Bush Taps Agriculture CIO To Fill Same Post At Homeland Security
Scott Charbo replaces Homeland Security's first CIO, Steve Cooper, who left in April to become the American Red Cross' top business technologist.
Scott Charbo, the CIO at the Department of Agriculture, will become the second CIO at the Department of Homeland Security. President Bush revealed his intention to appoint Charbo on Monday. Homeland Security CIO is one of the few CIOs that requires a presidential appointment.
Charbo replaces Homeland Security's first CIO, Steve Cooper, who resigned in April and became CIO at the American Red Cross. Since Cooper's departure, Coast Guard Rear Adm. Ronald Hewitt has been serving as the department's acting CIO.
Charbo's appointment comes at a time when Homeland Security could face major readjustments to its structure. Secretary Michael Chertoff, who took office earlier this year, has been conducting an extensive examination of Homeland Security operations and is expected to reveal changes in the way the 2-year-old department functions. In April, just before he left Homeland Security, Cooper speculated that some functions not involving the agency's core responsibility to combat terrorism might be transferred to other departments.
"You'll see an organizational restructuring, which isn't a negative thing. It's built on learning; it's built on the maturation of the department," Cooper said in an interview, emphasizing it was his personal view. "I don't think you'll see any wholesale demolition of the department."
The types of functions that could be transferred out of Homeland Security, in Cooper's view, include non-counterterrorism research-and-development activities involving criminal justice or defense IT.
"If you look strictly at the narrow framework of criminal justice and law enforcement--technologies solely used in that narrow slice--one could at least put on the table for discussion that it might more effectively belong in the Department of Justice," Cooper said. He cited similar research being conducted with the Defense Department. Cooper declined to provide specific examples, citing national security concerns.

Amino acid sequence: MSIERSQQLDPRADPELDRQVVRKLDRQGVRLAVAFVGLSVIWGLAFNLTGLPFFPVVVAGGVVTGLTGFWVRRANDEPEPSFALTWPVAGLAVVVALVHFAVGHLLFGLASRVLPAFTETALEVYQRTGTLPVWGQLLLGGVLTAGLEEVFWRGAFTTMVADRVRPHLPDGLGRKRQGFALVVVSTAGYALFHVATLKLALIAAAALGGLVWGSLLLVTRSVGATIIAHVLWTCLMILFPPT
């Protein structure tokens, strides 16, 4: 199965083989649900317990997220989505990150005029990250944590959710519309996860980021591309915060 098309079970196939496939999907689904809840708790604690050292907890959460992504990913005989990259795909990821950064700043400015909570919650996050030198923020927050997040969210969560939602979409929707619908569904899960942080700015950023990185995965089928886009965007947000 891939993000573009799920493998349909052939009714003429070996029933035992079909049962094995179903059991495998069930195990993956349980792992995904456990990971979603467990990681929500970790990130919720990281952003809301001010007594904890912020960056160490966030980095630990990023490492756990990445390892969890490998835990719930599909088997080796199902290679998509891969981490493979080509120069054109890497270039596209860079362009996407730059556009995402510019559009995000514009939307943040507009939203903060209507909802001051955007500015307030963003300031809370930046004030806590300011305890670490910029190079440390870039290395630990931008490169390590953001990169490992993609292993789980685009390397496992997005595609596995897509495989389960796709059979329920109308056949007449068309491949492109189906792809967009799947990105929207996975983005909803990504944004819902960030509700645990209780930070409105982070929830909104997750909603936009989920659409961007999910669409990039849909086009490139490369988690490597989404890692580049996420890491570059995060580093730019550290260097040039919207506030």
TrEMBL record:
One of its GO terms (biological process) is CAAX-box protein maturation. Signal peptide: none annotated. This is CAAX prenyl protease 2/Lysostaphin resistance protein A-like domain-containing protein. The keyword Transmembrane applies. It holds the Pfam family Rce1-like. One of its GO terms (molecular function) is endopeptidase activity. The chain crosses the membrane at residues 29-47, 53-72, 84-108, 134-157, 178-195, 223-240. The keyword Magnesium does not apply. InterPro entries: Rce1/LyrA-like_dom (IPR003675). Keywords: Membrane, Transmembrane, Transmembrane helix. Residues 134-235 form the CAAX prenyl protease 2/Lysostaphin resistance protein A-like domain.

Charbo will be charged with implementing any changes in IT Chertoff orders. The new Homeland Security CIO has been USDA's top business technologist since August 2002, responsible for more than 4,000 IT professionals and $1.7 billion in physical assets.
Charbo previously served as the director of the Office of Business and Program Integration at USDA, where he was responsible for planning, developing, and administering the agency's programs and policies and provided direction in the areas of economic and policy analysis, appeals and litigation, strategic management and corporate operations, outreach programs and strategic planning, and leadership in the agency's citizen-centered E-government initiatives.
Before joining USDA, Charbo was president of mPower3 Inc., an Internet-based agricultural-information system owned by ConAgra Foods Co. from 1998 to 2002.
Charbo holds a BS in biology from the University of Tampa and an MS in plant science from the University of Nevada-Reno.
Charbo was unavailable for comment; his office says he's on vacation.
2014 Next-Gen WAN SurveyWhile 68% say demand for WAN bandwidth will increase, just 15% are in the process of bringing new services or more capacity online now. For 26%, cost is the problem. Enter vendors from Aryaka to Cisco to Pertino, all looking to use cloud to transform how IT delivers wide-area connectivity.
The UC Infrastructure TrapWorries about subpar networks tanking unified communications programs could be valid: Thirty-one percent of respondents have rolled capabilities out to less than 10% of users vs. 21% delivering UC to 76% or more. Is low uptake a result of strained infrastructures delivering poor performance?